Buying Time: How Proper Fitting Can Make You Faster
by G.M. de Rossi, Technical Editor
With the MABRA Time Trial Championship less than a week away, it may be a little late to start training, but it’s never too late to consider if your bike set up is doing everything it should be to maximize the training you’ve already put into the season. Yes, perhaps it’s time to think about your “bike fit.” Have you considered getting your time trial position looked at by an expert? We have and we did and we’re hear to report that it can make a difference for you.
So, what does it mean to be “fitted” for time trials? The time trial superstars on the ProTour might be able to describe for you the hours they spent with researchers in the wind tunnel, tweaking positions and adjusting fractions of a degree to compensate for different material composition of their skinsuits. But, for the average amateur cyclist, the time trial fitting process is often little more than clipping on some aero bars and borrowing a pointy helmet from a triathlete-friend. A simple visit to a local bike shop, however, can often result in minutes’ worth of time savings over a 40K time trial such as competitors will face in this weekend’s Church Creek Time Trial.
Adam Lewandowski, manager of the The Bike Lane’s Reston location, recently discussed time trial fitting with us and summed it up by saying that “what we as fitters are looking for is a sort of ‘sweet spot’ that allows the athlete to hold one position for the duration of the event.” The position ideally allows for the maximum power output over that given distance but, he adds, “if properly positioned, the rider should not feel the urge to move back and forth as fatigue sets in and power output gets harder.” In other words, the proper position should take the focus of the position entirely and put it right back where it needs to be: telling the legs to “shut up” for a few more minutes.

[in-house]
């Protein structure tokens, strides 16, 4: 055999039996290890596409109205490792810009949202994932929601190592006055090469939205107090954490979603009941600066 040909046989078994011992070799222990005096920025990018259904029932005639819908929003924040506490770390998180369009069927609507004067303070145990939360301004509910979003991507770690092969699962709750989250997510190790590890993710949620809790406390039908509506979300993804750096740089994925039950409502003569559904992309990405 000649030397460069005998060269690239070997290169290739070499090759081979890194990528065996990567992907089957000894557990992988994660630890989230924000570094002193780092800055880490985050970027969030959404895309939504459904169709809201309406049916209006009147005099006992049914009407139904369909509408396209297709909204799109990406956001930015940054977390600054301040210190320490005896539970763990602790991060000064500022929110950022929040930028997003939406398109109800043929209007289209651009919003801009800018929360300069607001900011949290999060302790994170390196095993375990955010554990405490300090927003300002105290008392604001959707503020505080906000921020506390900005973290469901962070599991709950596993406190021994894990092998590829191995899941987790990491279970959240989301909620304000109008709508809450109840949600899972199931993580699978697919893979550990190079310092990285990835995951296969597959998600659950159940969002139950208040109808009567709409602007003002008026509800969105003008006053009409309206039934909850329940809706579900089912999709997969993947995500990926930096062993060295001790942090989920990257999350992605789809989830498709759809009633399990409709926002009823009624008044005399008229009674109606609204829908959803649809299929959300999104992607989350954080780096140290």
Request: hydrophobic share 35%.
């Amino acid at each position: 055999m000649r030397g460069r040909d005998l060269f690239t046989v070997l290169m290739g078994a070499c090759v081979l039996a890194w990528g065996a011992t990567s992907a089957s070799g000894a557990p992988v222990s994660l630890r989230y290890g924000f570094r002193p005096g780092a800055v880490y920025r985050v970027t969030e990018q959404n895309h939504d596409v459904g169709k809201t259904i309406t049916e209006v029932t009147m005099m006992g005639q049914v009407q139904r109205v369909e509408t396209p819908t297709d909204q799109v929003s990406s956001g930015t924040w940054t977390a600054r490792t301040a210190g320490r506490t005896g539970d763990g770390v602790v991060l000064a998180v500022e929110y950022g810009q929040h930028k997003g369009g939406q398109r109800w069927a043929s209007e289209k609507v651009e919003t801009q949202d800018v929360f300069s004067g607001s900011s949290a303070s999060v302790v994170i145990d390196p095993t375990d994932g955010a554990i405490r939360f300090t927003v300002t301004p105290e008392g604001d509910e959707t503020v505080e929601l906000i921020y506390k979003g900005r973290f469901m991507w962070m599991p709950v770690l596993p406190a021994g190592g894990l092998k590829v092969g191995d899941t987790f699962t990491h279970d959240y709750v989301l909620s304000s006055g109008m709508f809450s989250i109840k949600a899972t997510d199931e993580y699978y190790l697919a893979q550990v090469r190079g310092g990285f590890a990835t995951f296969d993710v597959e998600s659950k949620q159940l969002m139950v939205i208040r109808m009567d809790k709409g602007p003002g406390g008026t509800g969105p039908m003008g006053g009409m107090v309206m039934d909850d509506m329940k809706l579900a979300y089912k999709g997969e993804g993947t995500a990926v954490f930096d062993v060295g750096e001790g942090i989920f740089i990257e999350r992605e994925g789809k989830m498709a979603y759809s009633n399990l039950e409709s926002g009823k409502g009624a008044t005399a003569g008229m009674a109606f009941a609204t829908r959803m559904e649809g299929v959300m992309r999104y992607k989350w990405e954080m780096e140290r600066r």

But finding that sweet spot may not be all that self-evident and may not be the sort of thing that can be self-adjusted by an athlete with a full-length mirror or a webcam. “The truth is,” Lewandowski notes, “even a trained bike fitter cannot really be objective about the proper fit on his own bike. An independent set of eyes and measuring tools is really the key to getting a proper fit.” It’s all about looking at the angles and potential power output while compensating for the athlete’s sensations of relative flexibility or tightness in the position. The athlete, according to Lewandowski, is both part of the equation and part of the solution as feedback during the process helps the fitter adjust the aerodynamic theory to match the rider’s reality.
TBL Logo So, what are the basic aerodynamic theories guiding time trial positions these days? Lewandowski argues that “gone are the days of the ‘Superman’ position” since it tends to force the athlete to put a lot of stress and energy into pulling on the bars to maintain power and stability. Instead the common practice these days is to find a position which puts as much of the athlete’s weight as possible over the front of the bike, resting on skeletal structures instead of pulling with the muscles of the upper body. While the “superman position” may offer some aerodynamic benefits in a full-on headwind, Lewandowski contends that “the fitting process is not all about aerodynamics, but about power transfer. You want to put the athlete in a position where he is most efficient while maintaining the best aerodynamics possible in that position.”